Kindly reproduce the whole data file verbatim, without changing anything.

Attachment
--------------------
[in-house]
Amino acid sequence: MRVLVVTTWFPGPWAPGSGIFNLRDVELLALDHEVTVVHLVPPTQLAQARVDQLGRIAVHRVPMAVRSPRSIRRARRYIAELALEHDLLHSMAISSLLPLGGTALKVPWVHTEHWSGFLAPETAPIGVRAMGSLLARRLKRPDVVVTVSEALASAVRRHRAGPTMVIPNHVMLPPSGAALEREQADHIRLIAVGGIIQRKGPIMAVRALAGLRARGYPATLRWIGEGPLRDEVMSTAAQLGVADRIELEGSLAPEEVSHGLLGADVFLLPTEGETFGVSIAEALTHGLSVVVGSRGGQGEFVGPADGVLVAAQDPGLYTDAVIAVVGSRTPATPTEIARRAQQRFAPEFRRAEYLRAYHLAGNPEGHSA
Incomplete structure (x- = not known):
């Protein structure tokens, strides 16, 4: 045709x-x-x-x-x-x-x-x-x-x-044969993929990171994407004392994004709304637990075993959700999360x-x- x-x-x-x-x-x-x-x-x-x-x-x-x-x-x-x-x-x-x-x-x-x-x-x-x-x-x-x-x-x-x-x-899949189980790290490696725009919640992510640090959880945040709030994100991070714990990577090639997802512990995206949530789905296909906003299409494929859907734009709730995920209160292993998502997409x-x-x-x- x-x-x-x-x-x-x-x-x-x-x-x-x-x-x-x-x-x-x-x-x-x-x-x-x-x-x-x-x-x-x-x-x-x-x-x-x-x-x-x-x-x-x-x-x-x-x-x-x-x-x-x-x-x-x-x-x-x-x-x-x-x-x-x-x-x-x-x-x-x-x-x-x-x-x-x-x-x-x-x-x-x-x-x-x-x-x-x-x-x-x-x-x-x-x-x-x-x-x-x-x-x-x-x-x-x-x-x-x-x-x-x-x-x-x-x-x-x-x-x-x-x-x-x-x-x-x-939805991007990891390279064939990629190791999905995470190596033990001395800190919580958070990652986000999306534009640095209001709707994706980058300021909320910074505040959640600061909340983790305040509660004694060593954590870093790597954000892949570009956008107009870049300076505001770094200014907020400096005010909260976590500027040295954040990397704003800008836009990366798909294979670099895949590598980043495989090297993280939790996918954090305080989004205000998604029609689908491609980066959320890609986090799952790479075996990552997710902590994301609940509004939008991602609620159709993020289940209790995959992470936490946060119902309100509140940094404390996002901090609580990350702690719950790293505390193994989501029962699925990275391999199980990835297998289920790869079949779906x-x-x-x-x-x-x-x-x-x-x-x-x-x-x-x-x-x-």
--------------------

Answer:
[in-house]
Amino acid sequence: MRVLVVTTWFPGPWAPGSGIFNLRDVELLALDHEVTVVHLVPPTQLAQARVDQLGRIAVHRVPMAVRSPRSIRRARRYIAELALEHDLLHSMAISSLLPLGGTALKVPWVHTEHWSGFLAPETAPIGVRAMGSLLARRLKRPDVVVTVSEALASAVRRHRAGPTMVIPNHVMLPPSGAALEREQADHIRLIAVGGIIQRKGPIMAVRALAGLRARGYPATLRWIGEGPLRDEVMSTAAQLGVADRIELEGSLAPEEVSHGLLGADVFLLPTEGETFGVSIAEALTHGLSVVVGSRGGQGEFVGPADGVLVAAQDPGLYTDAVIAVVGSRTPATPTEIARRAQQRFAPEFRRAEYLRAYHLAGNPEGHSA
Incomplete structure (x- = not known):
């Protein structure tokens, strides 16, 4: 045709x-x-x-x-x-x-x-x-x-x-044969993929990171994407004392994004709304637990075993959700999360x-x- x-x-x-x-x-x-x-x-x-x-x-x-x-x-x-x-x-x-x-x-x-x-x-x-x-x-x-x-x-x-x-x-899949189980790290490696725009919640992510640090959880945040709030994100991070714990990577090639997802512990995206949530789905296909906003299409494929859907734009709730995920209160292993998502997409x-x-x-x- x-x-x-x-x-x-x-x-x-x-x-x-x-x-x-x-x-x-x-x-x-x-x-x-x-x-x-x-x-x-x-x-x-x-x-x-x-x-x-x-x-x-x-x-x-x-x-x-x-x-x-x-x-x-x-x-x-x-x-x-x-x-x-x-x-x-x-x-x-x-x-x-x-x-x-x-x-x-x-x-x-x-x-x-x-x-x-x-x-x-x-x-x-x-x-x-x-x-x-x-x-x-x-x-x-x-x-x-x-x-x-x-x-x-x-x-x-x-x-x-x-x-x-x-x-x-x-939805991007990891390279064939990629190791999905995470190596033990001395800190919580958070990652986000999306534009640095209001709707994706980058300021909320910074505040959640600061909340983790305040509660004694060593954590870093790597954000892949570009956008107009870049300076505001770094200014907020400096005010909260976590500027040295954040990397704003800008836009990366798909294979670099895949590598980043495989090297993280939790996918954090305080989004205000998604029609689908491609980066959320890609986090799952790479075996990552997710902590994301609940509004939008991602609620159709993020289940209790995959992470936490946060119902309100509140940094404390996002901090609580990350702690719950790293505390193994989501029962699925990275391999199980990835297998289920790869079949779906x-x-x-x-x-x-x-x-x-x-x-x-x-x-x-x-x-x-």